It was pretty surreal as I got to have makeup done by a professional!


I also tested the live video feature of Facebook on the open source booth at f8. I showcased React Native running on Xbox, Windows Phone and Desktop and the F8 app being open sourced.

Yesterday, there was a big discussion on Twitter on how hard it is to start hacking on a js project. One comment by Dan Abramov struck me in particular: "Right: don’t use tools, face a problem, choose a tool or roll your own. Wrong: learn tools that don’t solve your problems, hate the tools."

This is spot on. All the solutions presented in this thread do not solve the problems I have when I'm hacking on a new project.

My dream PHP Setup

Back when I was 14, I had the best setup I've ever used in my life. Here it is:

  • Launch WinSCP and connect to
  • Create a file test.php, write <?php echo 'Hello World'; locally with EditPlus 2, press cmd+s to save, wait 0.5 second for the upload.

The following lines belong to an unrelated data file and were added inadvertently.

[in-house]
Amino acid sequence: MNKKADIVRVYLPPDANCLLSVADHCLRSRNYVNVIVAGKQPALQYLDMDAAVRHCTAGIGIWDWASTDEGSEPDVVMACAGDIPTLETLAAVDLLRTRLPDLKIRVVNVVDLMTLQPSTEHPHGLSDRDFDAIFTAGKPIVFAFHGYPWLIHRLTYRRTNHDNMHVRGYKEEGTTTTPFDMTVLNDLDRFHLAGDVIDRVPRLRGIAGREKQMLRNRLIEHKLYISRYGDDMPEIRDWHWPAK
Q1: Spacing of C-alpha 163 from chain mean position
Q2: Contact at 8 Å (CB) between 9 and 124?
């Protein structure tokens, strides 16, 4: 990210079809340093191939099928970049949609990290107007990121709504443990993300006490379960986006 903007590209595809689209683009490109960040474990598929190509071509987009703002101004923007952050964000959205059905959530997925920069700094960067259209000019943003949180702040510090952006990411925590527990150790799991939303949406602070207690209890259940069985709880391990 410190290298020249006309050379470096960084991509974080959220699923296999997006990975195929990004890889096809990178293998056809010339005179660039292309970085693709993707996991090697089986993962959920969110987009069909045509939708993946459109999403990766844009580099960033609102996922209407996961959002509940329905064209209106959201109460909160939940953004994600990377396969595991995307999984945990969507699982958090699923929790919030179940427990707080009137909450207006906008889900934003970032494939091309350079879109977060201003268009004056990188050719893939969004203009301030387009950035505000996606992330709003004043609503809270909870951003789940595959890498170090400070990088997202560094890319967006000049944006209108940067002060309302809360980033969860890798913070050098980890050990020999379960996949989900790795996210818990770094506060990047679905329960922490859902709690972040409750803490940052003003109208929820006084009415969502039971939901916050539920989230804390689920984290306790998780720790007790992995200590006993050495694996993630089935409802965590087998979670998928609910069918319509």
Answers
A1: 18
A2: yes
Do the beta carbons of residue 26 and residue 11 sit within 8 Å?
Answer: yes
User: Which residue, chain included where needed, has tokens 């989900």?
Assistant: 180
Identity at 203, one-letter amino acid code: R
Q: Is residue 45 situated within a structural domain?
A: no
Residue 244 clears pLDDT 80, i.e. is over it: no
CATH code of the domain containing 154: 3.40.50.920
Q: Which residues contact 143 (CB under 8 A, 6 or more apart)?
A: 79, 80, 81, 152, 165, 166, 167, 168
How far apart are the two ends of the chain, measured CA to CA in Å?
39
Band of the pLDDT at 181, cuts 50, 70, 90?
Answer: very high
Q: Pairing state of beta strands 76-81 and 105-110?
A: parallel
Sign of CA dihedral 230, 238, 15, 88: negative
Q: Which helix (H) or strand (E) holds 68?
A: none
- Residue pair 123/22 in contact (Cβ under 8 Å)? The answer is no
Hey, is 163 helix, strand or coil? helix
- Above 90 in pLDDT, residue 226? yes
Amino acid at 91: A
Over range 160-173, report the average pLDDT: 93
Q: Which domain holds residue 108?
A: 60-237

• Open my browser and go to Click on test.php.
  • ?????
  • Profit


I want to get the same attributes but with JavaScript and React. Here are the constraints:

  • No setup: I'm happy to have to setup something initially (dedicated server, apache, php...) but nothing should be required to create a new project. No npm install, react-native init, creating a github project, yo webapp...
  • One file: I want to write a single js file to start with. No package.json, no .babelrc, no Procfile...
  • Sharable: I want to be able to share it with a url without any extra step. No git push heroku master or git push gh-pages.
  • Keeps working: Once online, it should stay there and keep working 6 months later. No npm start to run it, no special port that's going to conflict with my 10 other prototypes...
  • Not generic: I don't care about it being generic, I will use whatever transforms you decided. Happy to write js without semi-colons and using SASS for my CSS if you checked all the boxes above.